Three-phase EHV measurements during switching transients with open air sensors
In mixed overhead line and underground cable connections transients upon
switching actions occur. Knowledge of their magnitudes, in particular at the transition
points between lines and cables, is important information for safe operation of the
connection. This paper discusses measurements, performed for the Dutch transmission
system operator, based on open air sensors picking up capacitively the electric fields
from the line. Near each phase a sensor is placed, which can be installed in a short time
also when the connection is in operation. Options to minimize the effect of cross-coupling
between phases and sensors near other phases are discussed. This includes aspects of
positioning of the sensors in relation to methods to restore single-phase waveforms from
switching events by decoupling.
The differentiating-integrating measurement approach is adopted, meaning that the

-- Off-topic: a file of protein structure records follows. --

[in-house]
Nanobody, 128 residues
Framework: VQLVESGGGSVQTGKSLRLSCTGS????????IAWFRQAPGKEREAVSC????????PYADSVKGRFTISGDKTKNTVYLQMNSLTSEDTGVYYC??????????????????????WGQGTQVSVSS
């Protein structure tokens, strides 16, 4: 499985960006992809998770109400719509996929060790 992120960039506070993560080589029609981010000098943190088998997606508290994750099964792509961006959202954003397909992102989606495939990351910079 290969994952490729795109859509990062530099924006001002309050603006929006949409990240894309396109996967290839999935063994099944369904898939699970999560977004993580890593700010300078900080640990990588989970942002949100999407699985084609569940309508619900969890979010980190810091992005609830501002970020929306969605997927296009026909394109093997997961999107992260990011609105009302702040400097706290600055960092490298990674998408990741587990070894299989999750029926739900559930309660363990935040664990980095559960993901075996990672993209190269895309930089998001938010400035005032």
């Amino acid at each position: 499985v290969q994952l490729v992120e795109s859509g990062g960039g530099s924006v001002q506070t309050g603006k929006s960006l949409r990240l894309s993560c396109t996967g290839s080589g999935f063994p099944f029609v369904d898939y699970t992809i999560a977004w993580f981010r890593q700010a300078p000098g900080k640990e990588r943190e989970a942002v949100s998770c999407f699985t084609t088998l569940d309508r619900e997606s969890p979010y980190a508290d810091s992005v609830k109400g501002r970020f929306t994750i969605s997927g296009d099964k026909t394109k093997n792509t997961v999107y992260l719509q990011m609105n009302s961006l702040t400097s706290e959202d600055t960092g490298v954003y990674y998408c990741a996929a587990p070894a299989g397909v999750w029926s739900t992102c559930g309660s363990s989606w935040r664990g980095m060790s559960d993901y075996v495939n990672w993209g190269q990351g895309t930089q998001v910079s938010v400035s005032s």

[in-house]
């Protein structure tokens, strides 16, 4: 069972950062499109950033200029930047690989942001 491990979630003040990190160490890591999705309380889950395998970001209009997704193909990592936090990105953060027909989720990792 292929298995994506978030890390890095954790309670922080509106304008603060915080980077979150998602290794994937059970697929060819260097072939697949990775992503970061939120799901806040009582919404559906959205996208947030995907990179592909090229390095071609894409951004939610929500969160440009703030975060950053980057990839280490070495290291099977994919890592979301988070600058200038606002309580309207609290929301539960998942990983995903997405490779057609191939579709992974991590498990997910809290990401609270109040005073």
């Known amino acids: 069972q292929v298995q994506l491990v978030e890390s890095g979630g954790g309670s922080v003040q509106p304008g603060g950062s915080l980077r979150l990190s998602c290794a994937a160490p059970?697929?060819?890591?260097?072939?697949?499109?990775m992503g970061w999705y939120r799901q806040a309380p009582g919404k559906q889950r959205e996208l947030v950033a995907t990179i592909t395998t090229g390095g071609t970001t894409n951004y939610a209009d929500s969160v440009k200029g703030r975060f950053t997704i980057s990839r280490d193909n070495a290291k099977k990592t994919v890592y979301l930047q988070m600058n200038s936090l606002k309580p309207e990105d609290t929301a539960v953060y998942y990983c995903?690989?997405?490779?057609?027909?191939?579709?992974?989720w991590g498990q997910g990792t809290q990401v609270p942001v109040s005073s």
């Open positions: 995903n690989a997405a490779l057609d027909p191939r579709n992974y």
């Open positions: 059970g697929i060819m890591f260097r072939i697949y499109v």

sensor detects the time derivative of the line voltage and the original waveform is restored
by means of integration. This approach allows using long measurement cables between
sensor and integrator, as they are terminated characteristically, and mobile recording
equipment can be installed on a safe distance without loss of signal integrity. The method
has excellent electromagnetic compatibility aspects allowing for a straight response over
a bandwidth from 10 Hz to 5 MHz.
Results from measurements at a 380 kV mixed overhead line underground power cable
connection obtained at a transition point and at a substation are presented. Switching
transients recorded at the transition point were accurately restored as the main crosscouplings
could be determined from a fitting procedure assuming perfect symmetric
three-phase voltage after energization. For the substation measurements, due to the
close distance between different phase conductors, stronger cross-coupling occurs.
Though not all main coupling coefficients can be retrieved uniquely here, it is shown that
the individual phase waveforms can still be reliably restored.
It was observed that the switching overvoltages remained well below the standard limits
under all performed switching sequences. Depending on the line configuration switching
excite high-frequency oscillations, which potentially can disturb nearby equipment.
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